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‘It was strangely like war. They attacked the forest as if it were an enemy to be pushed back from the beachheads, driven into the hills, broken into patches, and wiped out. Many operators thought they were not only making lumber but liberating the land from the trees…’

Murray Morgan, The Last Wilderness

Trees are great. Imagine the design brief for a tree – create something that makes oxygen, absorbs carbon dioxide, fixes nitrogen, distils water, stores solar energy as fuel, makes complex sugars and food, creates micro climates, changes colours with the season and self replicates.

In Australia we like to chop them down and turn them into wood chips for export at a fraction of their true value. Recently the international price for native forest woodchips has collapsed as buyers of wood chips no longer want materials from native forests. Our forestry industries are rethinking their operations.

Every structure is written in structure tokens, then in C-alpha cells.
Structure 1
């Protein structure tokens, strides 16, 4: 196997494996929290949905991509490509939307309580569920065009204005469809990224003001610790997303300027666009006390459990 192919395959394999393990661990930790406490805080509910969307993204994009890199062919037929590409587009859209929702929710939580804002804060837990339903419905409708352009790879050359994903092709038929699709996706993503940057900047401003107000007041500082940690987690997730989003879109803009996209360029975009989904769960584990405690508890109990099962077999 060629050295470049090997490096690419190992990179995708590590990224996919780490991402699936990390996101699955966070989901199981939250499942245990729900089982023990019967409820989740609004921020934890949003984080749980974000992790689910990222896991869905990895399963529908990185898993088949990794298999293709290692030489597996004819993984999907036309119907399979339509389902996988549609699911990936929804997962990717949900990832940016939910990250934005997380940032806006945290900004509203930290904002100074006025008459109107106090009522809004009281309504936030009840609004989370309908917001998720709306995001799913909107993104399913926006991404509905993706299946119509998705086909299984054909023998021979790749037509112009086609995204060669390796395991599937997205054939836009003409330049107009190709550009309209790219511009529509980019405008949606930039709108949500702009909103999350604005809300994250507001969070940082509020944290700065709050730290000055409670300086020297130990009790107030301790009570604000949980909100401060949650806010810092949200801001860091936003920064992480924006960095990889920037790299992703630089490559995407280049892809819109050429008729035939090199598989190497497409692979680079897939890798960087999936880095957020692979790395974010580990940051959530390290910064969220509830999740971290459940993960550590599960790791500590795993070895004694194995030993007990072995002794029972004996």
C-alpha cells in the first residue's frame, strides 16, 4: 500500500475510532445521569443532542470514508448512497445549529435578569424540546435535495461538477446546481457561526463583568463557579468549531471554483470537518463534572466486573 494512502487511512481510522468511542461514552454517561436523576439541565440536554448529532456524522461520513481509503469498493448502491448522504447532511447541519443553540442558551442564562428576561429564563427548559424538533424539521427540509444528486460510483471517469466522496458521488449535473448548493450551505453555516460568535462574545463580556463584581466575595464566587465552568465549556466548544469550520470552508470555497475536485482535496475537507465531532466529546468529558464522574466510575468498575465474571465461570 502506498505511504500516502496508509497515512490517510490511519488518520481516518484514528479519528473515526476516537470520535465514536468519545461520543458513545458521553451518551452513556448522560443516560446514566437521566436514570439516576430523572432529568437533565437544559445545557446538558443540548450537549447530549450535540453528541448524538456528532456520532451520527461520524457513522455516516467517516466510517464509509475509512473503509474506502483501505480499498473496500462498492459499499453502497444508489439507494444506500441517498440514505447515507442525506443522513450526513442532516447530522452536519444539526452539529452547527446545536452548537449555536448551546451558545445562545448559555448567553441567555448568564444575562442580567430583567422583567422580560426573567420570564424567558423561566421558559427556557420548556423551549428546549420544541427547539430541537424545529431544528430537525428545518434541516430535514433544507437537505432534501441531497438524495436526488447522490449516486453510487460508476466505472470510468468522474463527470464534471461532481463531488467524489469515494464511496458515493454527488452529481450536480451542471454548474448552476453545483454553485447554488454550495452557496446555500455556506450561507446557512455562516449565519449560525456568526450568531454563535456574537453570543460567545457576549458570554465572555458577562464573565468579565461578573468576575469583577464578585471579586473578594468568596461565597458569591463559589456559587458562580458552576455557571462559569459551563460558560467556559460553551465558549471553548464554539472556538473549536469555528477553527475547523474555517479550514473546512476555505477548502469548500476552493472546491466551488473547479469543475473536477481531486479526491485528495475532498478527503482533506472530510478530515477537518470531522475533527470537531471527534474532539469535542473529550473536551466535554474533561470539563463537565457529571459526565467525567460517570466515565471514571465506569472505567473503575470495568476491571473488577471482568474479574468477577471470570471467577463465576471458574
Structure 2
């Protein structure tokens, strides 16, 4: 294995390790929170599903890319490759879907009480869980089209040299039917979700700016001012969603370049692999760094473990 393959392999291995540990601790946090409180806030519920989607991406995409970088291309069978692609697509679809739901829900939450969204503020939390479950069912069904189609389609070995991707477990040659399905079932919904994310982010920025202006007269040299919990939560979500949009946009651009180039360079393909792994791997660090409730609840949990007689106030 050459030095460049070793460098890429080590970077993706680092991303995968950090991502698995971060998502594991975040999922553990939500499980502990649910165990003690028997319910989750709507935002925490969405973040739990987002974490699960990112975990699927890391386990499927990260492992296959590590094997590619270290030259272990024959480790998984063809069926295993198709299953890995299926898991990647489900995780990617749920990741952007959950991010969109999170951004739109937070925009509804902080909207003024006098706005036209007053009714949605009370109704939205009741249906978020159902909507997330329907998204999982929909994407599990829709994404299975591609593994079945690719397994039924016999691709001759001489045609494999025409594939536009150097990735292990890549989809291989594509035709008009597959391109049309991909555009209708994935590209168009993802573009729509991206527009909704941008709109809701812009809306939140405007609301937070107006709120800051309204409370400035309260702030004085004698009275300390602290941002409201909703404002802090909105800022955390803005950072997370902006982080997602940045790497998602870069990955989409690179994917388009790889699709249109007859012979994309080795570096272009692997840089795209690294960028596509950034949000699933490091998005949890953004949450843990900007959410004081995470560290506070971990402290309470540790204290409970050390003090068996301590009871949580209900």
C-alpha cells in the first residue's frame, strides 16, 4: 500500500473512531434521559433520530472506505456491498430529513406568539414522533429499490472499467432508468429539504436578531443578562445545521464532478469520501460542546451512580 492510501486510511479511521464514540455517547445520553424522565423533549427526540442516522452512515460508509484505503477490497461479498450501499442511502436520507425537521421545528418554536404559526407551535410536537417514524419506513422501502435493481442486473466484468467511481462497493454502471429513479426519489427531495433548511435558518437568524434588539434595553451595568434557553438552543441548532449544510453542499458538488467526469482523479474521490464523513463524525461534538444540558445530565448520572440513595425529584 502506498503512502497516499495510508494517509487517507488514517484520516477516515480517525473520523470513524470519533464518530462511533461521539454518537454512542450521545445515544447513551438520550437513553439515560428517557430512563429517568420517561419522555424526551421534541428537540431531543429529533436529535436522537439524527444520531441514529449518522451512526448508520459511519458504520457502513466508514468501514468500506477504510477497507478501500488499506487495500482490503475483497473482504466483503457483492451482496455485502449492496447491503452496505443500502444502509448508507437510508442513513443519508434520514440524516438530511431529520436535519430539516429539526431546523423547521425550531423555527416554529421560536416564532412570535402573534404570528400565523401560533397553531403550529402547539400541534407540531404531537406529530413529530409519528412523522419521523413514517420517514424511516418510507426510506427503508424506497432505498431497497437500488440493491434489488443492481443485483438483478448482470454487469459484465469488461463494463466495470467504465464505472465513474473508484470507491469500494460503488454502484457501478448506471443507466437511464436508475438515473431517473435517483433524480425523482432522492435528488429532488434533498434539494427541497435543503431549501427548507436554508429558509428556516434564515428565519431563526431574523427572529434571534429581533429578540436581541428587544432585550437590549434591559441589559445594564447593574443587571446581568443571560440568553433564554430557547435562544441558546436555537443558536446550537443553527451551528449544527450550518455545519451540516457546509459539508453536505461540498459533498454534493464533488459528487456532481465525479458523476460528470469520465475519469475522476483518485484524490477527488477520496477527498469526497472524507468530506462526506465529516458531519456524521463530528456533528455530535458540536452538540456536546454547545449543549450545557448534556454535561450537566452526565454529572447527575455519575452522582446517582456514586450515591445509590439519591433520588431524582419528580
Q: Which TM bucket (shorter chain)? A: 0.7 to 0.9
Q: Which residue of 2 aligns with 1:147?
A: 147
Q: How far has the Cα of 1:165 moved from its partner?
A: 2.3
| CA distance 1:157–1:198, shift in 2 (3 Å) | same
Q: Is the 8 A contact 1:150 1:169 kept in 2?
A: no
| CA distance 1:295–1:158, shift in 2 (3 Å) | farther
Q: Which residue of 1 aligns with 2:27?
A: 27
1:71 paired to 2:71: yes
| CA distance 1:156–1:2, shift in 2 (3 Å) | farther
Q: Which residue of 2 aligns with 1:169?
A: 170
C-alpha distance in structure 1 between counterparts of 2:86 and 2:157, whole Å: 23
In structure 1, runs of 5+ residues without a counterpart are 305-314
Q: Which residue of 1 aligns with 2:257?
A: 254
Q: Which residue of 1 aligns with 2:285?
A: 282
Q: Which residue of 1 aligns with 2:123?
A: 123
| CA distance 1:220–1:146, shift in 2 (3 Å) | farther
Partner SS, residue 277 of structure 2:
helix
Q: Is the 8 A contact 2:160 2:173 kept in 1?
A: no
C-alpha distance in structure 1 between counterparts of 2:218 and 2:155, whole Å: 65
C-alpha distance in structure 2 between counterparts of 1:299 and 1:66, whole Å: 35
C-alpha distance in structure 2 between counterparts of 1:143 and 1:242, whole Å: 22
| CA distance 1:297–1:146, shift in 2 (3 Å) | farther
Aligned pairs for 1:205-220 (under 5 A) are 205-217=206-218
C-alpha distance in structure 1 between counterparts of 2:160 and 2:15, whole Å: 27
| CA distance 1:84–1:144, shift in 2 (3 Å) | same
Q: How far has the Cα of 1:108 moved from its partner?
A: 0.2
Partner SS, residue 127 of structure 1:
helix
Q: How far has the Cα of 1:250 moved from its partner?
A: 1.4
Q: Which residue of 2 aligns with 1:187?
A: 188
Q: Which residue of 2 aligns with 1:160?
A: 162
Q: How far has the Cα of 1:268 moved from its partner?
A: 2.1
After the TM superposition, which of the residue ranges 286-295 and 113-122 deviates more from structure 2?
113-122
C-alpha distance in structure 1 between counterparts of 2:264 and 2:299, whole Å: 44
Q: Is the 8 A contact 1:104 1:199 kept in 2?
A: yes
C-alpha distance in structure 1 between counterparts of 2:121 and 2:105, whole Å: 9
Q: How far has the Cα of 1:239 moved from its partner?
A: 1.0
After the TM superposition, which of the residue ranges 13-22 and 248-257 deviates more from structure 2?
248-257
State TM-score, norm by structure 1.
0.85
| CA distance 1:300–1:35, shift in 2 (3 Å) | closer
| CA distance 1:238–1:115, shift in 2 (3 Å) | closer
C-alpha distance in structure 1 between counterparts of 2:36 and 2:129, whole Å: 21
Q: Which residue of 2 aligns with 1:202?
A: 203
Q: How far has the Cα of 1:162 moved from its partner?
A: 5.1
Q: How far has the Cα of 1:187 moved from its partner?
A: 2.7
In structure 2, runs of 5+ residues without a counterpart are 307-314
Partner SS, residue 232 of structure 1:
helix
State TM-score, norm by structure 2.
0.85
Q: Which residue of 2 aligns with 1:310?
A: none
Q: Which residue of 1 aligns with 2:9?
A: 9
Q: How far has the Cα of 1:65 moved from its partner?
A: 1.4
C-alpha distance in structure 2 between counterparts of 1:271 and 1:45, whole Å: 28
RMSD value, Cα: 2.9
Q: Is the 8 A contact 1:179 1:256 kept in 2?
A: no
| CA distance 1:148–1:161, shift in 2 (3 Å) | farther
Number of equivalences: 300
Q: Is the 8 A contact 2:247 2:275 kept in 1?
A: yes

Trees are the lungs of the Earth. They absorb carbon dioxide (the stuff that we are releasing faster than the planet can handle) during their lives and produce oxygen (the good stuff that we breathe). They provide habitat, food and shelter for millions of species. They also stop erosion and help control ground temperatures.

We all know that we need timber products for our daily lives, but we don’t need to destroy old-growth forests to do this. Plantation forests are the way to go. They take 20–30 years to grow but old growth forests take 100’s of years to return to their former glory.

It’s more convenient and profitable to log an old-growth forest than to grow your own plantation. It seems odd that one small group should be allowed to profit from the destruction of our forests.

Timber is a renewable resource when responsibly managed and regulated.